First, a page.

Apologies to: "Burn the Witch," "Daydreaming"

4. LEMONADE by Beyonce
  Sorry but, LEMONADE doesn't come close to the last visual album from Beyonce -- self-titled -- released in the final hours of 2013. Beyonce's fifth album, a supposed airing out of dirty laundry from Bey and Jay’s relationship, was released by surprise with a suite of videos that ended up being more iconic than any of the actual songs. It’s Beyonce in a frilly yellow dress with a baseball bat in hand that instantly sticks out.
     Beyonce took ideas and input from all across the music spectrum and threw them in the air like confetti to see where they’d land. I respect her for casting a large net for collaborators, but, really, how many people does it take to make an album theses days? It’s getting to be like factory work. In the end what you get is a hodgepodge collection of songs bouncing from style to style without ever feeling like a whole piece. She takes a classic John Bonham beat and buries it in the mix. She does less singing and more yelling and censored swearing. Dips into country with the Dixie Chicks. And I really didn’t think artists were still sticking that obnoxious dancehall horn in their songs. It just can’t be snuffed out. Despite Beyonce's best efforts LEMONADE fails to evolve her sound in any way--her message, maybe, but not her sound.
Apologies to: “Pray You Catch Me”

3. VIEWS by Drake
     Drake. Oh my Drakey Poo. Buddy. You've gotta cut out the fat. VIEWS is an unfortunate bloated circumstance. I know 20 tracks is a great way to capitalize on streaming sales, but that's what the mixtapes are for. Don't give us an album where we're skipping every third track. At the very least, they used to be called bonus tracks. Now we're just removing the asterisks. Drake went from someone I abhorred and passed off as something Lil' Wayne pulled out of his jacket pocket to someone who I spent late nights drinking wine with and falling asleep with. Take Care and Nothing Was the Same are back-to-back classics. VIEWS is an oily mirrored version of the two, trying to set the same mood and hit the same spots. It doesn't. It feels empty. While I still reach for NWTS at least once a week, I think I'll leave VIEWS in the hard-drive.
Apologies to: "Hype," "Redemption," "Feel No Ways," Child's Play"

2. Endless / Blond by Frank Ocean
   Big sigh. We wait and we wait. We wade through rumors and false starts. Years since Channel Orange. Years since we've heard Ocean's syrupy sweet croons and high pitched tear-yanking melodies dominate an album. Then, surprised, he comes out unannounced with two bulbous, overstuffed albums as some sort of consolation prize for our time in wait. Despite a handful of songs that could stand on their own, the two albums are juiced and greased with intro and outro tracks that weigh them down. Wise man once sang despondently, "Every single record auto-tuning, zero emotion, muted emotion / pitched corrected computed emotion, uh-huh."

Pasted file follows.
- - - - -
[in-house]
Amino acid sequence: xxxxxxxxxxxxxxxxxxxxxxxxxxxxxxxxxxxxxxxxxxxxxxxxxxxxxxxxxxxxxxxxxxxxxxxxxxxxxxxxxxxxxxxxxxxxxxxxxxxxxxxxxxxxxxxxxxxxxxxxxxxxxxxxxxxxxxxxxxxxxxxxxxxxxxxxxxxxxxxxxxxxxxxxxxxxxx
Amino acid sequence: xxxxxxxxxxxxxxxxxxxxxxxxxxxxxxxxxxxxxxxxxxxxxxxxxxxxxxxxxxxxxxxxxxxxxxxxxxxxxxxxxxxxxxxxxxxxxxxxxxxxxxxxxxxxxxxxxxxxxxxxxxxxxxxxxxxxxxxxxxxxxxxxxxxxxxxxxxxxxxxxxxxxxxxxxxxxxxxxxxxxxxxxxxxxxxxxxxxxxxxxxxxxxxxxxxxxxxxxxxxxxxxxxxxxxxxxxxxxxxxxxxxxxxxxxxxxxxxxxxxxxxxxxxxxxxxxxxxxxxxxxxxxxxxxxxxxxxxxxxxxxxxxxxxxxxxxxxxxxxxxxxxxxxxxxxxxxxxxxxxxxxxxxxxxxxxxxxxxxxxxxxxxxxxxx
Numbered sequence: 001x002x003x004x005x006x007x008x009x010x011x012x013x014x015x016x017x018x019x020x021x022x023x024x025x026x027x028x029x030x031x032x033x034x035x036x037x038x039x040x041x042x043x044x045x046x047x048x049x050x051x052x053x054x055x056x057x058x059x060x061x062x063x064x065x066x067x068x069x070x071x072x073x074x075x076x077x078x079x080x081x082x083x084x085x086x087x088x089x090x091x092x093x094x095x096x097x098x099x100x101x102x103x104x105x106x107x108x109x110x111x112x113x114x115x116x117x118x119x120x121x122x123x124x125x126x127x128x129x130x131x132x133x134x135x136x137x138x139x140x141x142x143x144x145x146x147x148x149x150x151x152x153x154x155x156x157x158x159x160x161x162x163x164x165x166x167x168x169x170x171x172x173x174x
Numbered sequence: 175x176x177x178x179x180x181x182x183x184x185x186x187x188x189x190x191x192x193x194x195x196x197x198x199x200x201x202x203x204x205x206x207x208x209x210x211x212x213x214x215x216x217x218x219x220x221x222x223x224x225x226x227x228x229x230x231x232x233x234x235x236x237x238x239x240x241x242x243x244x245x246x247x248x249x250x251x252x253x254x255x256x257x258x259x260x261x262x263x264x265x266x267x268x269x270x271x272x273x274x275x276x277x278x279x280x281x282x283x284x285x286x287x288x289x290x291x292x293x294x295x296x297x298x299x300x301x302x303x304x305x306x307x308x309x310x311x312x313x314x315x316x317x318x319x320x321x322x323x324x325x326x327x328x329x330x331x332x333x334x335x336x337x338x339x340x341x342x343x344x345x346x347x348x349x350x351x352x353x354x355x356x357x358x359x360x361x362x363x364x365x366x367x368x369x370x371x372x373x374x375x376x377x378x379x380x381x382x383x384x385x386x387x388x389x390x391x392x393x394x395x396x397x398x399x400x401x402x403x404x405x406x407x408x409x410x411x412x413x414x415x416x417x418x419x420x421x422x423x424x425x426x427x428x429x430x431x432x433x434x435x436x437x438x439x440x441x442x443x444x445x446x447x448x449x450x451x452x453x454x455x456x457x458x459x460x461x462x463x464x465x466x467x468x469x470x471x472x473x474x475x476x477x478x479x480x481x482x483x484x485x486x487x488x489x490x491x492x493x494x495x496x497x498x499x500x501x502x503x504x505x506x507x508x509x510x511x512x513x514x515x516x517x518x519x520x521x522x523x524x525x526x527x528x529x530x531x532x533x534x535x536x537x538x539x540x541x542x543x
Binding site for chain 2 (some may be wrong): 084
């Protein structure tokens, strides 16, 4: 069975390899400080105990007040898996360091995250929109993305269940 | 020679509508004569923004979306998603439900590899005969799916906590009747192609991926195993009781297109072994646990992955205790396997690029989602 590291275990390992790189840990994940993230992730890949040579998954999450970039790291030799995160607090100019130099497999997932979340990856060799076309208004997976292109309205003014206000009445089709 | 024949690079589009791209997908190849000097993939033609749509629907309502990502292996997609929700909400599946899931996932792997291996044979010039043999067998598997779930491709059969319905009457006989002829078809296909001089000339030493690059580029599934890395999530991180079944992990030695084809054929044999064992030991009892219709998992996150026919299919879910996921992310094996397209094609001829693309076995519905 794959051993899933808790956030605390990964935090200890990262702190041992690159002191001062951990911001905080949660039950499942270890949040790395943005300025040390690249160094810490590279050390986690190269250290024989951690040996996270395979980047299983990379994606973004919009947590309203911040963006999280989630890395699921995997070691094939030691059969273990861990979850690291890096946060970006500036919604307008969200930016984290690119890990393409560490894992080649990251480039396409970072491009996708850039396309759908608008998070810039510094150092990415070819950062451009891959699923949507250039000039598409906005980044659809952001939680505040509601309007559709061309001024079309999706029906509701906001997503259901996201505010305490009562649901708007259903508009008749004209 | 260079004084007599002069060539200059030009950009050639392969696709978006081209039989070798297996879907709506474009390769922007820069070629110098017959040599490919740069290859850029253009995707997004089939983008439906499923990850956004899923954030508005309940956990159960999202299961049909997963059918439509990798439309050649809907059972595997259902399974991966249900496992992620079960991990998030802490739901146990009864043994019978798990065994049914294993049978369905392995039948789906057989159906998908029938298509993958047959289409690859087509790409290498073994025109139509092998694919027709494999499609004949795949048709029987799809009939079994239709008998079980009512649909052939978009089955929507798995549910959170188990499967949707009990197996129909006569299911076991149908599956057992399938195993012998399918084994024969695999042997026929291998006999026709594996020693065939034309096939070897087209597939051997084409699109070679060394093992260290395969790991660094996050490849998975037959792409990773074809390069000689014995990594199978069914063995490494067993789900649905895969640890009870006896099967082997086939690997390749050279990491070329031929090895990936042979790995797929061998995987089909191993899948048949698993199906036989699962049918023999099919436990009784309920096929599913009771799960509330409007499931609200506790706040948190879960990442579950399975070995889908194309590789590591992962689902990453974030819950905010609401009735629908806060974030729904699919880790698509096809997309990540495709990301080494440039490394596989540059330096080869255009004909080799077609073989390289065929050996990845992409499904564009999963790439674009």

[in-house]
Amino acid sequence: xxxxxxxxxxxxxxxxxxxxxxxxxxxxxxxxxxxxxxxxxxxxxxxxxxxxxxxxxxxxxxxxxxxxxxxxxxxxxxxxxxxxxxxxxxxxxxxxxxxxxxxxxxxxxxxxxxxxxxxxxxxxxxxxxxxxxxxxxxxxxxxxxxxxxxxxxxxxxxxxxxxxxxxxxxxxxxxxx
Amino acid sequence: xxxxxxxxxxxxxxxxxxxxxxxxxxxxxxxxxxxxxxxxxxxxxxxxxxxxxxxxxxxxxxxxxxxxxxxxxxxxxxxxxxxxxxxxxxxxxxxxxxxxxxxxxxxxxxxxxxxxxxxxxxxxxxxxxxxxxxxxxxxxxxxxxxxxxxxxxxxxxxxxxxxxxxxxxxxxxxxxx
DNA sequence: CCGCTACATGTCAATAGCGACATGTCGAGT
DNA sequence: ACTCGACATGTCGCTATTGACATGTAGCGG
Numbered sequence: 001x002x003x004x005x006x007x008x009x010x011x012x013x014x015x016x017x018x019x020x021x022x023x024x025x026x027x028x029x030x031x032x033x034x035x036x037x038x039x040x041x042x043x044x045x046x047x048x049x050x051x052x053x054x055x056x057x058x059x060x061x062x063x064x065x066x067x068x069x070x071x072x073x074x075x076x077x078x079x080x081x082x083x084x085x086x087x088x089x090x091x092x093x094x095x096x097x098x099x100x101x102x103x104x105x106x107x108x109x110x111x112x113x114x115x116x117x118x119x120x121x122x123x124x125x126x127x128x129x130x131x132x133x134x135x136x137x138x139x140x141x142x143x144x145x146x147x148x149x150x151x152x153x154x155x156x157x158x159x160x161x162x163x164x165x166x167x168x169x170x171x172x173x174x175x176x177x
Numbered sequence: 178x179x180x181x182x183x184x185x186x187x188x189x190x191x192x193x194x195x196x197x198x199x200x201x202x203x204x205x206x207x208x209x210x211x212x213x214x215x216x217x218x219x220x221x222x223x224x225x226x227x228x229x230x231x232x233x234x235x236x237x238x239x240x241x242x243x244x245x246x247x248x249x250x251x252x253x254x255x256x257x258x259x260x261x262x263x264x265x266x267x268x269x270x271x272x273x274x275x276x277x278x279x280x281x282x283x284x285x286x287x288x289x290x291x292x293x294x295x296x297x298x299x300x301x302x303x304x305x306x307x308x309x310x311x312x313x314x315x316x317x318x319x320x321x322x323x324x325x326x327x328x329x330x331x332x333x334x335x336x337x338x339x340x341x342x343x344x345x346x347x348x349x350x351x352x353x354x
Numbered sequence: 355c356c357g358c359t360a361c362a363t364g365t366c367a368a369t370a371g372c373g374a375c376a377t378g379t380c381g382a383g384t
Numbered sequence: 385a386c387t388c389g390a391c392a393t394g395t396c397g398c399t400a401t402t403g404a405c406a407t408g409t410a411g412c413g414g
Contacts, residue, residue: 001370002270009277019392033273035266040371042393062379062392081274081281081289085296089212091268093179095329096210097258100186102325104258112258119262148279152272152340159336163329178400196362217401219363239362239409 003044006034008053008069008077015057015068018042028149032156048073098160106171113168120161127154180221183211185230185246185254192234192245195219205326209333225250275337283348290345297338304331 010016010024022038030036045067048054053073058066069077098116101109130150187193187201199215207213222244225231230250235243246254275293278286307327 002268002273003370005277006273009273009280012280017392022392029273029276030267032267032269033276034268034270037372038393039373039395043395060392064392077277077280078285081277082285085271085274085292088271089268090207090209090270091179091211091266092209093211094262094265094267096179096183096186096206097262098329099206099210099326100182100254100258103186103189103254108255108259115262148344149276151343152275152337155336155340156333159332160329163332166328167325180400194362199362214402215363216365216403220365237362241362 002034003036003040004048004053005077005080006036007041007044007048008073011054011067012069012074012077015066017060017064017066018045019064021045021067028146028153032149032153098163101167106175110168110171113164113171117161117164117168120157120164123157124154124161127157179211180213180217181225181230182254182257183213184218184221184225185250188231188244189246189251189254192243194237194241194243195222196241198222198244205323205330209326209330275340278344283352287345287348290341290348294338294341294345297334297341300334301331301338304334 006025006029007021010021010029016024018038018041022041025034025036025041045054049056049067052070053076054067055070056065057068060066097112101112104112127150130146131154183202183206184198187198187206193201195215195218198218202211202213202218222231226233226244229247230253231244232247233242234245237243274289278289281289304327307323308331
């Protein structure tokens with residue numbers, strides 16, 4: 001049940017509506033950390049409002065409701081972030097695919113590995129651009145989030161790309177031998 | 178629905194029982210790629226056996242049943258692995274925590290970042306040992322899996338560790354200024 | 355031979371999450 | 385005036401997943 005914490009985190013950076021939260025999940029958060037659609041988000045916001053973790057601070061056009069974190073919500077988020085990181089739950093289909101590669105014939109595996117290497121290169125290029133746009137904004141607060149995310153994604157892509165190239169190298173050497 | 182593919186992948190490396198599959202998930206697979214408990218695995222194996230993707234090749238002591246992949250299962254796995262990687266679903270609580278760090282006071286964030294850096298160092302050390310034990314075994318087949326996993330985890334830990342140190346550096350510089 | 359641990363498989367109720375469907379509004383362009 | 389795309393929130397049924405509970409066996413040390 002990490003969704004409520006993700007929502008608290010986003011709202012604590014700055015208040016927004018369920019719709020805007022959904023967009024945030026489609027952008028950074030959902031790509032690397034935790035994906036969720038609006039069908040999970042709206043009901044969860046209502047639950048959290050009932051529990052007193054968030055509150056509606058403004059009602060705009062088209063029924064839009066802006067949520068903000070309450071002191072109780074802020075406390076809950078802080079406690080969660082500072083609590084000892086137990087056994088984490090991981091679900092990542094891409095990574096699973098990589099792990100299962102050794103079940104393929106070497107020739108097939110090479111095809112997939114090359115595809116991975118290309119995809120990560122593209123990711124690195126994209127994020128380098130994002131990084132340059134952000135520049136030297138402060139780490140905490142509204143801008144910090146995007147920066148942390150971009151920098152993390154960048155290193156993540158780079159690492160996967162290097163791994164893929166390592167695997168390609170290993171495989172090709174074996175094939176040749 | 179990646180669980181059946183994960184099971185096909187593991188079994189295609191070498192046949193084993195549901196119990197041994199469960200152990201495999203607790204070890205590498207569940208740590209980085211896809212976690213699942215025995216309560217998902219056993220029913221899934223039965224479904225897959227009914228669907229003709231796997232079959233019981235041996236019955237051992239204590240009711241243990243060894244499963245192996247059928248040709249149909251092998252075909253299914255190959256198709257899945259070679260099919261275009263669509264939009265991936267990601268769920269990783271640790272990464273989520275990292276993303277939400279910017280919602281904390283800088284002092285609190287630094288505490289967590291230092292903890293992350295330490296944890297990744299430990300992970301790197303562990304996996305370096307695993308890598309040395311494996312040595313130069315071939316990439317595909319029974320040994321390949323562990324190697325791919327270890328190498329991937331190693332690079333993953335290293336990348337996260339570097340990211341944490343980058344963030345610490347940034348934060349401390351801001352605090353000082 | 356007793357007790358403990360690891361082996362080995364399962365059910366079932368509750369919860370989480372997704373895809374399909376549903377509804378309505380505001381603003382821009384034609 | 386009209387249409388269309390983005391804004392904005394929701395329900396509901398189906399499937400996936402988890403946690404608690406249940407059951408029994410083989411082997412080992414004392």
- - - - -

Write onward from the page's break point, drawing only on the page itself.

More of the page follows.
1. The Life of Pablo by Kanye West
     Kanye's always been a maniac. I've always loved his every move. But this shit is tragic. Other outlets are out of their collective mind putting this album in their top ten lists. Sonically, okay, he always puts something together that makes you want to listen and figure out. Sometimes, though, his splicing gets to be too jumbled. TLOP is made up of all these really incredible pieces, but when they're thrown into Kanye's blender it don't always mix and match.
     Mostly, though, what stinks this album up to hog heaven are Kanye's lyrics. Lord God they're hideous. A lot of Kanye's best lyrics have sounded corny and nonsensical the first time you hear them, but later they reveal a six-sided meaning connecting pop culture to his inner sadness and the guilt it he feels for it. Well, it's been months since this album was released and the lyrics still sound corny and nonsensical because mostly they are. A lot of the time he doesn't even finish bars and just gasps and blows into the microphone. 
     Here I will give Kanye the award for worst lyric of the year, from "Father Stretch My Hands Pt. 1": "If I fuck this model / and she just bleached her asshole / and I get bleach on my t-shirt / I'mma feel like an asshole." This is where the Kanye force field finally disintegrated around me. To make all this worse, the album's greatest line was replaced in later versions. "She be Puerto Rican Day parade waving," from "Famous" was changed to, "She in school to be a real estate agent." Just not the same flair. And why wasn't "All Day" on this?
Apologies to: "Feedback" (been waiting for someone to rap over feedback), "Famous," (if only for the awesome Taylor Swift hubbub), "Real Friends," "No More Parties In LA," "Fade"